In late 1982, he read an article from IBM Laboratories, published in Laser Focus, describing the photo-ablative properties of an excimer laser on organic material. This was very exciting information, but, unfortunately, Peyman did not have access to this laser, which at the time was new and very expensive By 1985 and beyond, many investigators were interested in ablating the corneal surface. However, because of his previous experience with the CO2 laser, Peyman wanted to avoid surface ablation in order to prevent potential corneal scarring and the pain associated with the removal of the corneal epithelium, necessary to expose the surface of the cornea. Therefore, in July 1985, he applied for a patent that described a method of modifying corneal refractive errors using laser ablation under a corneal flap. This US patent was accepted after two revisions and issued in June, 1989. Peyman performed a number of experimental studies evaluating the effect of various excimer lasers in collaboration with Physics Department of the University of Helsinki, Finland. Since he had purchased an Erb-Yag laser in the U.S., he evaluated the concept using this laser in vivo in rabbit and primate eyes and described the creation of a hinged corneal flap to enable the ablation to be performed on the exposed corneal bed, thus reducing the potential for postoperative scarring and pain.[10]

Always aware of the potential limitations of his invention, Peyman devoted considerable time and effort in subsequent years to ameliorating them. In order to improve the risk/benefit considerations of the LASIK procedure, he invented and patented a broad range of ablative and non-ablative inlays to be placed under the surgically created corneal flap. These inlays offered many potential advantages over the standard LASIK technique, the most significant of which is that the inlay procedure is reversible.[11]

Other Inventions and patents

Peyman's inquiring mind, coupled with his keen interest in engineering and pharmacology along with his in-depth background and experience in ophthalmology resulted, over a 42-year period, in a remarkable range of novel devices, improvements in surgical methods and revolutionary new treatment methods and modalities. A partial list of Peyman's most significant discoveries and inventions (with first publication date), many of which are still in use today, includes:

  • Modifications and improvements to the operating microscope (1972, 1974 and 1977)[12]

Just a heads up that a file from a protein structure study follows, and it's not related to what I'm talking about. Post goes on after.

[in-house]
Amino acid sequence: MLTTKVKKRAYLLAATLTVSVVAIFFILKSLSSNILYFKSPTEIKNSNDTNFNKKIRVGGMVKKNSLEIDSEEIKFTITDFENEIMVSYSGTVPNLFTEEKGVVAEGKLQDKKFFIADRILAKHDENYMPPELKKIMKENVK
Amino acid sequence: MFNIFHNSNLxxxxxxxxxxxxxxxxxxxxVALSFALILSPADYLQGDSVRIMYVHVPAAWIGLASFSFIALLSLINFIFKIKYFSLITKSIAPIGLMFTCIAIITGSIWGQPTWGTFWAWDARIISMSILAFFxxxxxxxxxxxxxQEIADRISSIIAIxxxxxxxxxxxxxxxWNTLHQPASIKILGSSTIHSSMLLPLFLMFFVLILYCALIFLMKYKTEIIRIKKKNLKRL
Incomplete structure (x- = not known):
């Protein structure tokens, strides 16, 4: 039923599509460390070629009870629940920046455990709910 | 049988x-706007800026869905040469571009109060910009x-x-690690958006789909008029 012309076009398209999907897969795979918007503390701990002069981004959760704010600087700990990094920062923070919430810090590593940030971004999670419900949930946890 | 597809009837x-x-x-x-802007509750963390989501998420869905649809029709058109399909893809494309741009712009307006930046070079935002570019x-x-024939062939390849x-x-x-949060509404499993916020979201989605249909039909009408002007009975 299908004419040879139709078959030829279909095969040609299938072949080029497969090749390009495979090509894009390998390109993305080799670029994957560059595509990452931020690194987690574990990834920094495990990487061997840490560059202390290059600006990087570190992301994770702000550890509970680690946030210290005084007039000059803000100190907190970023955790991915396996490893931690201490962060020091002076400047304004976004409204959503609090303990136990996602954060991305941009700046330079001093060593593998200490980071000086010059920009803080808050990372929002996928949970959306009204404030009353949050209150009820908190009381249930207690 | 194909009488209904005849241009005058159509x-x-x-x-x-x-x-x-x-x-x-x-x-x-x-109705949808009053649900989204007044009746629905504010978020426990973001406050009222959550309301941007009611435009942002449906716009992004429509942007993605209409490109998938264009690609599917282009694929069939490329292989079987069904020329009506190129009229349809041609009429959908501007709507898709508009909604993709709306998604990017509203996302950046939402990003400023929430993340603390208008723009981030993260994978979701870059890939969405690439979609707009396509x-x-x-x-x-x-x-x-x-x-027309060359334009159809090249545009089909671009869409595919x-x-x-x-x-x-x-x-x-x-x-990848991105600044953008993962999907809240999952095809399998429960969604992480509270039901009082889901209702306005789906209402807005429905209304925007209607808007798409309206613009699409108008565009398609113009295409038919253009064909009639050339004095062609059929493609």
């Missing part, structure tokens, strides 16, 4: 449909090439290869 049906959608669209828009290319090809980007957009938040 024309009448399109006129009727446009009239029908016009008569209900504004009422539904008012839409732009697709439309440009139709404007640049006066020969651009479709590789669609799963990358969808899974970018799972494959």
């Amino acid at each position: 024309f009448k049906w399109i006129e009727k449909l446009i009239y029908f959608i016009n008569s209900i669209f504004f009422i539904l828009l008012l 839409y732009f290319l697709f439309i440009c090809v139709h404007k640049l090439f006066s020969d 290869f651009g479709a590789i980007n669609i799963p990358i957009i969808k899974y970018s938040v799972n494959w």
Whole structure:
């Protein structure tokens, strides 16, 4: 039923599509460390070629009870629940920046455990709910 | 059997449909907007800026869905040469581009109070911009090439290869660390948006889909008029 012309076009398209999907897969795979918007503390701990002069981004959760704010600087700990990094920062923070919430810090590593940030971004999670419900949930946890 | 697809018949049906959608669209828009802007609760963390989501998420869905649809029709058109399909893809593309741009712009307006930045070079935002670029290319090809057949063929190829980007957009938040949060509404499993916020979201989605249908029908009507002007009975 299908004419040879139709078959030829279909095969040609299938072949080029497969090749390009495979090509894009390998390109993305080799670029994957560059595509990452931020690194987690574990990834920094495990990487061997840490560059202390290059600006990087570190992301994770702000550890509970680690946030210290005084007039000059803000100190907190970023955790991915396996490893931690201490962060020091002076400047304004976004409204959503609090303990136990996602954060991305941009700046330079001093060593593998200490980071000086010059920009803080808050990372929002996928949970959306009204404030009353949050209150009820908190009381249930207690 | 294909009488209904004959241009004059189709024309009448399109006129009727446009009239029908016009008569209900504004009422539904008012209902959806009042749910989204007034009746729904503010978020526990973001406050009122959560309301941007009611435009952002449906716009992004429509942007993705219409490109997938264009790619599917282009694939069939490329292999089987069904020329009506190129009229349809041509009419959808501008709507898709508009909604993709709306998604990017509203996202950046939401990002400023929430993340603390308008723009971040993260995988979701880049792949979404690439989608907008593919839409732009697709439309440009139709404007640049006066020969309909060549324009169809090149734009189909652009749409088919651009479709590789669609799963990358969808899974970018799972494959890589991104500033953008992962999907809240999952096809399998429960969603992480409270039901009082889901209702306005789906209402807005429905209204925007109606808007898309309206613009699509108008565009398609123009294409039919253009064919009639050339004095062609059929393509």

• Operating microscope with two pairs of stereo eye-piece lenses (1979) US Patent 4,138,191 [13]
  • Vitrectomy instruments and techniques - Techniques of vitreous removal (1971, 1972)[14]
  • Vitreous scissors and forceps (1975)[15]
  • The vitrophage (1976, 1977)[16]
  • Improved vitrectomy illumination system (1976)[17]
  • Wide-angle cutter vitrophage (1976)[18]
  • Miniaturization of the vitrophage (1980)[19]
  • A bent-tipped vitrophage for anterior segment surgery (1982)[20]
  • An illuminated air-fluid switch for vitrectomy (1988)[21]
  • A miniaturized vitrectomy system (23 gauge) for vitreous and retinal biopsy (1990)[22]
  • A pneumovitrector for diagnostic biopsy of the vitreous (1996)[23]
  • A new high-speed pneumatic vitrectomy cutter (2002)[24]
  • Small-size pediatric vitrectomy wide-angle contact lens (2003)[25]
  • A new, non-contact wide-field viewing system for vitreous surgery (2003)[26]
  • Endolaser for vitrectomy - Intraocular photocoagulation with the argon-krypton laser (1980)[27]
  • Argon endolaser (1981)[28]
  • A microscope filter for endophotocoagula.on (1981)[29]
  • Protective eye filters for endolaser therapy (1986)[30]
  • Special short needles to inject and aspirate high-viscosity sililcone oil (1986)[31]
  • Contact lenses for Nd-YAG application in the vitreous (1984)[32]
  • A new contact lens for Nd:YAG laser capsulotomy (1986)[33]
  • An automatic laser filter for the indirect ophthalmoscope (1987)[34]
  • A bent-tipped endolaser probe (1987)[35]
  • An endolaser probe with aspiration capability (1992)[36]
  • Vitreous substitutes - Evaluation of perfluourocarbon gases in the vitreous (1973)[37]
  • Use of fluorosilicone to unfold a giant retinal tear (1987)[38]
  • Injection of fluorosilicone oil and pars plana vitrectomy for complex retinal detachment (1987)[39]
  • Experimental evaluation of perfluorophenanthrene as a high specific gravity vitreous substitute (1989)[40]
  • Perfluorocarbon liquids in ophthalmology (1995)[41]
  • Triamcinolone acetonide as an aid to visualization of the vitreous (2000) [42]

Eye wall resection (tumors) and biopsy

  • Full thickness eye wall resection (1972)[43]